(SOUNDBITE OF FOOTSTEPS)

SHAPIRO: There are about a dozen shipping containers refrigerated side by side, and men in white coveralls have just opened four of the shipping containers. And inside, stacked four high, are body bags, and some of the body bags are very, very small. And the rabbi says, usually when we're here, we don't speak. When you open the doors, you see that small sack - that's a baby. A light rain is starting to fall.

A TV cameraman suddenly hunches over, sobbing. We walk in the misty drizzle to a small, covered picnic table, the smokers' corner. And there we sit in the dark with a woman named Avigail (ph). Like others, the IDF only authorized her to give her first name.

AVIGAIL: It's hard to remember these days, but I work in high tech.

SHAPIRO: In Judaism, as in many religious traditions, there are rules for how a body is supposed to be treated before burial. For many years, Avigail has done that preparation for burial as a reservist for the Army.

AVIGAIL: There's a concept of respect for the dead. It's treating every dead person with a dignity and respect that we'd want, the same as we want in - when we're living. We're also very conscious of - is the woman exposed on the table - and to try to cover up, when possible. Any part that was part of the human being, we bring it to burial with the body. So if there are ashes, we're very careful not to lose any of the ashes. If there's skin that was torn away, certainly if there's blood, if there's flesh, we collect everything so that it's all buried with the body.

SHAPIRO: When I ask what the last week has felt like to her, more than a thousand bodies to be identified and prepared for burial, from babies to elders, she says, for most of the last week, she has felt very little. Blocking out feelings was the only way to do the work that needed to be done.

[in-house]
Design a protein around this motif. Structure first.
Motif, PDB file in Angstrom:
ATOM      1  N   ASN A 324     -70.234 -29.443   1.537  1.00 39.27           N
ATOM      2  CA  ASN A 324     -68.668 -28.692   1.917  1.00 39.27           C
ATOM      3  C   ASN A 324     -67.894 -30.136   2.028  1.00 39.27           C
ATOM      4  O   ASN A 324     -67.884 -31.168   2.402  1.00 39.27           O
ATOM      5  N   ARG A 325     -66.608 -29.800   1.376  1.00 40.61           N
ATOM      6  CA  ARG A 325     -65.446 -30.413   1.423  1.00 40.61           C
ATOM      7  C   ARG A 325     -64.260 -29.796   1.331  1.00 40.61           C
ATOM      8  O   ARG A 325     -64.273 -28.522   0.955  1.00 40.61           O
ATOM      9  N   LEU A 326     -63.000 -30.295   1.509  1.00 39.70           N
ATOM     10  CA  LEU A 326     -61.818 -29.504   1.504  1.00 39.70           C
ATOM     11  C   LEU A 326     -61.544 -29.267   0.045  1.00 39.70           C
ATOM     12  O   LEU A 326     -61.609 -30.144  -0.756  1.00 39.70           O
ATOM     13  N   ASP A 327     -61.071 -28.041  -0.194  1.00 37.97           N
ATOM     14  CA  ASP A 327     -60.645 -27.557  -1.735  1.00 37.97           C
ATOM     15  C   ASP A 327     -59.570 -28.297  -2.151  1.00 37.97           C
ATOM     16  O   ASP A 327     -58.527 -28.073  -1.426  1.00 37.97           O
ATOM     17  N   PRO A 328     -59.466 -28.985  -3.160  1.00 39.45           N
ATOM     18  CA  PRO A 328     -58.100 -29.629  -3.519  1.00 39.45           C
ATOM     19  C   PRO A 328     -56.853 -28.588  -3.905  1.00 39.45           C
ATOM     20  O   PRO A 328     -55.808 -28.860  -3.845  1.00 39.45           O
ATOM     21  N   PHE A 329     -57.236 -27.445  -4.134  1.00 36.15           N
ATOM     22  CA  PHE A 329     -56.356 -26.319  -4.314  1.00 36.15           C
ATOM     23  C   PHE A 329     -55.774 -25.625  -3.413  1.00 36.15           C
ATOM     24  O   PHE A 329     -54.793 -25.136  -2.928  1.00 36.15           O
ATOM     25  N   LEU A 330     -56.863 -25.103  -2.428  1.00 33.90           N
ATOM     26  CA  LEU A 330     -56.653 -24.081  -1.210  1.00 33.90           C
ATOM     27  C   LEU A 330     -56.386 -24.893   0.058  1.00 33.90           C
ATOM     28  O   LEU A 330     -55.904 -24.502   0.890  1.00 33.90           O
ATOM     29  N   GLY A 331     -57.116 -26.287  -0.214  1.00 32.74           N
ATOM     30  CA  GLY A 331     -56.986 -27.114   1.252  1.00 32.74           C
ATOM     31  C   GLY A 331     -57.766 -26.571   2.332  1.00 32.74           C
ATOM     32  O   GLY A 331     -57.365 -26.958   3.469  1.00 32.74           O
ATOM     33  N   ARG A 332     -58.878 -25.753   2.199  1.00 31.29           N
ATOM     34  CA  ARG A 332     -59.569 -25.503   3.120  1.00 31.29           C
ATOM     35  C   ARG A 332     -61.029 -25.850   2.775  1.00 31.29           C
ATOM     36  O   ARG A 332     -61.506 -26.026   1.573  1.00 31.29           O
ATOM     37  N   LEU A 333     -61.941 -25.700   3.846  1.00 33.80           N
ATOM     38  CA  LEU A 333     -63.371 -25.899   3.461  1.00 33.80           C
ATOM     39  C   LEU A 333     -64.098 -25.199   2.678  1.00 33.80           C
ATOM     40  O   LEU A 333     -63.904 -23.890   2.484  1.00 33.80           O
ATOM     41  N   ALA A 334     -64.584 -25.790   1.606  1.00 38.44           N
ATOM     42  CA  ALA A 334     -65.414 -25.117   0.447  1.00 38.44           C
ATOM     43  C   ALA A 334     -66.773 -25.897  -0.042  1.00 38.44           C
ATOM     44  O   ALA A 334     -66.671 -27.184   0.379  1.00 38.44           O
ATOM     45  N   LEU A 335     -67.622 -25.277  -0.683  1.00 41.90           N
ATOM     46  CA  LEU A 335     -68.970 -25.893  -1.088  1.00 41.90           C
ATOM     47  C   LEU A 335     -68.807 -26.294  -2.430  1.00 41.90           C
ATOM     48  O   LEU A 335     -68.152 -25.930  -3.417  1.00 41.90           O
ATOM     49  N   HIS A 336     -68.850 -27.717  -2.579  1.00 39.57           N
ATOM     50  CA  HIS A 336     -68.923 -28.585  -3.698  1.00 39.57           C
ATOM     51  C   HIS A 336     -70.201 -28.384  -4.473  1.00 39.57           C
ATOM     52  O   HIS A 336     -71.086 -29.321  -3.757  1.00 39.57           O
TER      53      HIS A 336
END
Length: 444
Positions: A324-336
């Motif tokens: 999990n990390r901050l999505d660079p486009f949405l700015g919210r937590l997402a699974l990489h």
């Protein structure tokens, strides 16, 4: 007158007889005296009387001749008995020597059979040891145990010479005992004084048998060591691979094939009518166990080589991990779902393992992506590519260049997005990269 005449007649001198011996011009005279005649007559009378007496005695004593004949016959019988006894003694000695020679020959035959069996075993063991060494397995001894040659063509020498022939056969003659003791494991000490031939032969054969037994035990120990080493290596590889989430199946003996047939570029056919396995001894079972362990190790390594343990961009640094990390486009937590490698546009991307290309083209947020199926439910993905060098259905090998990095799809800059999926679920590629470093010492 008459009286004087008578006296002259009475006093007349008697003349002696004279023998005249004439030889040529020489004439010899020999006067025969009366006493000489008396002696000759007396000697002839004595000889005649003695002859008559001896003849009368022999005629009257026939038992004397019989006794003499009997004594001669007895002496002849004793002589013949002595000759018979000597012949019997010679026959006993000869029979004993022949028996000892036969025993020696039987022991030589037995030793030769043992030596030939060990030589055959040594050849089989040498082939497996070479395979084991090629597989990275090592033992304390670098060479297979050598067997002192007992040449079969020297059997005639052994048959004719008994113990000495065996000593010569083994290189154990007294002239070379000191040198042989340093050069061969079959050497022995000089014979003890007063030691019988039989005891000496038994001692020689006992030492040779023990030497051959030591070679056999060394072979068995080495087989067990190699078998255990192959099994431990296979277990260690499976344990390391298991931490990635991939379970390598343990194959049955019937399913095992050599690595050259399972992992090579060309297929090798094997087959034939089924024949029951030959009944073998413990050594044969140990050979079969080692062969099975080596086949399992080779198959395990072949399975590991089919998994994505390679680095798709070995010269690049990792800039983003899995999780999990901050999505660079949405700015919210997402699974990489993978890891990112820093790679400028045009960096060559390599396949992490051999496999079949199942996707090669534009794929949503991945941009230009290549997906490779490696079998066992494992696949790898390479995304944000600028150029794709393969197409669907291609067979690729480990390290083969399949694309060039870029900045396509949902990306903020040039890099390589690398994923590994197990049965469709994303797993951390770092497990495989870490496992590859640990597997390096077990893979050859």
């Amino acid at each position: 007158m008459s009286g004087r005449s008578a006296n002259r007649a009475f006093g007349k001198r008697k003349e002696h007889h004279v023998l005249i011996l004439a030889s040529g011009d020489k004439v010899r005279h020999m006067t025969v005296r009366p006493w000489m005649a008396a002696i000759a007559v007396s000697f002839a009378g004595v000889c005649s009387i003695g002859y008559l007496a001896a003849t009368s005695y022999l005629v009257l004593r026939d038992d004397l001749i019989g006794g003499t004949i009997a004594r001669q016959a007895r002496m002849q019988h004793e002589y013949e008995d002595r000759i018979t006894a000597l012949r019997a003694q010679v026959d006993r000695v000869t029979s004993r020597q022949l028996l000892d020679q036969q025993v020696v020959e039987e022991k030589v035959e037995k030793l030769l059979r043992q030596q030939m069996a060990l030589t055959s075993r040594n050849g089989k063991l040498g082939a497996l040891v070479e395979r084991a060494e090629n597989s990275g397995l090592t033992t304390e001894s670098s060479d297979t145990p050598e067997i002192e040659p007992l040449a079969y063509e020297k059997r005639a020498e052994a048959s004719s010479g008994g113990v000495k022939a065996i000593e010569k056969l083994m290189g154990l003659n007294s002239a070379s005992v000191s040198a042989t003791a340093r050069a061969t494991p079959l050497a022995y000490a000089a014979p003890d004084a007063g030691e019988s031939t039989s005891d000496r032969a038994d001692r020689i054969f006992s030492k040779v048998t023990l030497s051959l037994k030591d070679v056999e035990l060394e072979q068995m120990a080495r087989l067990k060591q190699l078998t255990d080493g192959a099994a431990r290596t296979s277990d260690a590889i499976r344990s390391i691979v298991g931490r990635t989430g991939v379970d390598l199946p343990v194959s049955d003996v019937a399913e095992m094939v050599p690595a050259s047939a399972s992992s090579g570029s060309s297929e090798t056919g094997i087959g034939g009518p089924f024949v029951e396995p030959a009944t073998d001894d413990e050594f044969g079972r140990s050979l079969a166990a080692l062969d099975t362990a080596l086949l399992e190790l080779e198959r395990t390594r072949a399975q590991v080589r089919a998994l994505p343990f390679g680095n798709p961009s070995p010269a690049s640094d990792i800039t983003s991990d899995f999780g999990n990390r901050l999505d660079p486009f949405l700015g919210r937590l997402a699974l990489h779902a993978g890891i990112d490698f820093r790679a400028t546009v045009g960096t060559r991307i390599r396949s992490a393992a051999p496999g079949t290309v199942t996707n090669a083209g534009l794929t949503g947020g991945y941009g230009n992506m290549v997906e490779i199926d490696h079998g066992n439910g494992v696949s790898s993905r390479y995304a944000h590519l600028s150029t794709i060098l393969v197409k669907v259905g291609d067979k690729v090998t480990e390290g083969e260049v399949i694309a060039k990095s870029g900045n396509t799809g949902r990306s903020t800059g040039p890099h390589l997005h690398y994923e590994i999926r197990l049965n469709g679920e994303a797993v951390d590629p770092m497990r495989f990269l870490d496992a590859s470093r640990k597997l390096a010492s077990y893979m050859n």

AVIGAIL: Despite the fact that I was only sleeping about two hours per 24-hour cycle and I was hardly eating, I felt like I had the energy. I don't know if it's adrenaline or the mission, the importance of the mission and just keep going, keep going. Do the work. Understand that it's horrific what we're seeing, but do our best to get the correct identification for each of the murdered women and prepare them for burial in the most respectful manner once they've been identified. I think in the last day, we've been slowing down just a little. We're making a lot of progress. And so I think it's getting - it's catching up with me a little.

SHAPIRO: You're starting to feel the feelings.

AVIGAIL: Yeah. The exhaustion - but it's not really the physical. It's - maybe part of it is the physical exhaustion. It's the mental exhaustion. We're talking about it a little more. We have some psychiatrists and social workers that are talking to us after shifts. But I think we're - it's, like, starting to build up. So yeah, I don't know if that answers your question. I don't remember what it was.

SHAPIRO: Yeah. How you're feeling.

AVIGAIL: Yeah.

SHAPIRO: And it sounds like for a while, you weren't feeling much, and now you're really feeling a lot.

AVIGAIL: Yes.

SHAPIRO: As somebody who has done this work in the army for a long time, you've seen people killed in violent ways. How has this been different from the deaths from violence that you have already dealt with over many years?